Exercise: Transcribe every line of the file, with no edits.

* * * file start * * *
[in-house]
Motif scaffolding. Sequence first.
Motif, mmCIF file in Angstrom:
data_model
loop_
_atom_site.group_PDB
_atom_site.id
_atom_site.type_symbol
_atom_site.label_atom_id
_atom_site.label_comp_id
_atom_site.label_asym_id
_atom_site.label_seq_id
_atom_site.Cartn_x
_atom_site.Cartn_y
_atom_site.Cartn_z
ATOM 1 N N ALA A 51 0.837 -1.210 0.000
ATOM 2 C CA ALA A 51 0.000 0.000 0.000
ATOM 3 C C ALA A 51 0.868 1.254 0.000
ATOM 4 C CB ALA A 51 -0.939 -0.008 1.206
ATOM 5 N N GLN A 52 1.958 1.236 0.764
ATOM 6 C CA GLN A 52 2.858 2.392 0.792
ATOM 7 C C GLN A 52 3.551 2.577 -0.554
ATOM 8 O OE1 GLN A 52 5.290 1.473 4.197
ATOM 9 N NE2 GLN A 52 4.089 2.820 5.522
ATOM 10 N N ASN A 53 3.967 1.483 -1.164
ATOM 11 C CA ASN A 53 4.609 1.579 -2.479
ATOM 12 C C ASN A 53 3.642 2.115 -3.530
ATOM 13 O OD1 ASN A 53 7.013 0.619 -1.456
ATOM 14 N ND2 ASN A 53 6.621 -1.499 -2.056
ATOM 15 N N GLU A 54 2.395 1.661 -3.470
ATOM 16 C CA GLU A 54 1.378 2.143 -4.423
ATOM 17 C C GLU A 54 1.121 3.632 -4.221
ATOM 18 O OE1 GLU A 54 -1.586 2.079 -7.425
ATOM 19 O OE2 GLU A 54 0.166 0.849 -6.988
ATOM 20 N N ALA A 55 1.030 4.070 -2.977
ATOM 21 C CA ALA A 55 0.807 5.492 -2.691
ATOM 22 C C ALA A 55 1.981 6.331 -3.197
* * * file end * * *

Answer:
[in-house]
Motif scaffolding. Sequence first.
Motif, mmCIF file in Angstrom:
data_model
loop_
_atom_site.group_PDB
_atom_site.id
_atom_site.type_symbol
_atom_site.label_atom_id
_atom_site.label_comp_id
_atom_site.label_asym_id
_atom_site.label_seq_id
_atom_site.Cartn_x
_atom_site.Cartn_y
_atom_site.Cartn_z
ATOM 1 N N ALA A 51 0.837 -1.210 0.000
ATOM 2 C CA ALA A 51 0.000 0.000 0.000
ATOM 3 C C ALA A 51 0.868 1.254 0.000
ATOM 4 C CB ALA A 51 -0.939 -0.008 1.206
ATOM 5 N N GLN A 52 1.958 1.236 0.764
ATOM 6 C CA GLN A 52 2.858 2.392 0.792
ATOM 7 C C GLN A 52 3.551 2.577 -0.554
ATOM 8 O OE1 GLN A 52 5.290 1.473 4.197
ATOM 9 N NE2 GLN A 52 4.089 2.820 5.522
ATOM 10 N N ASN A 53 3.967 1.483 -1.164
ATOM 11 C CA ASN A 53 4.609 1.579 -2.479
ATOM 12 C C ASN A 53 3.642 2.115 -3.530
ATOM 13 O OD1 ASN A 53 7.013 0.619 -1.456
ATOM 14 N ND2 ASN A 53 6.621 -1.499 -2.056
ATOM 15 N N GLU A 54 2.395 1.661 -3.470
ATOM 16 C CA GLU A 54 1.378 2.143 -4.423
ATOM 17 C C GLU A 54 1.121 3.632 -4.221
ATOM 18 O OE1 GLU A 54 -1.586 2.079 -7.425
ATOM 19 O OE2 GLU A 54 0.166 0.849 -6.988
ATOM 20 N N ALA A 55 1.030 4.070 -2.977
ATOM 21 C CA ALA A 55 0.807 5.492 -2.691
ATOM 22 C C ALA A 55 1.981 6.331 -3.197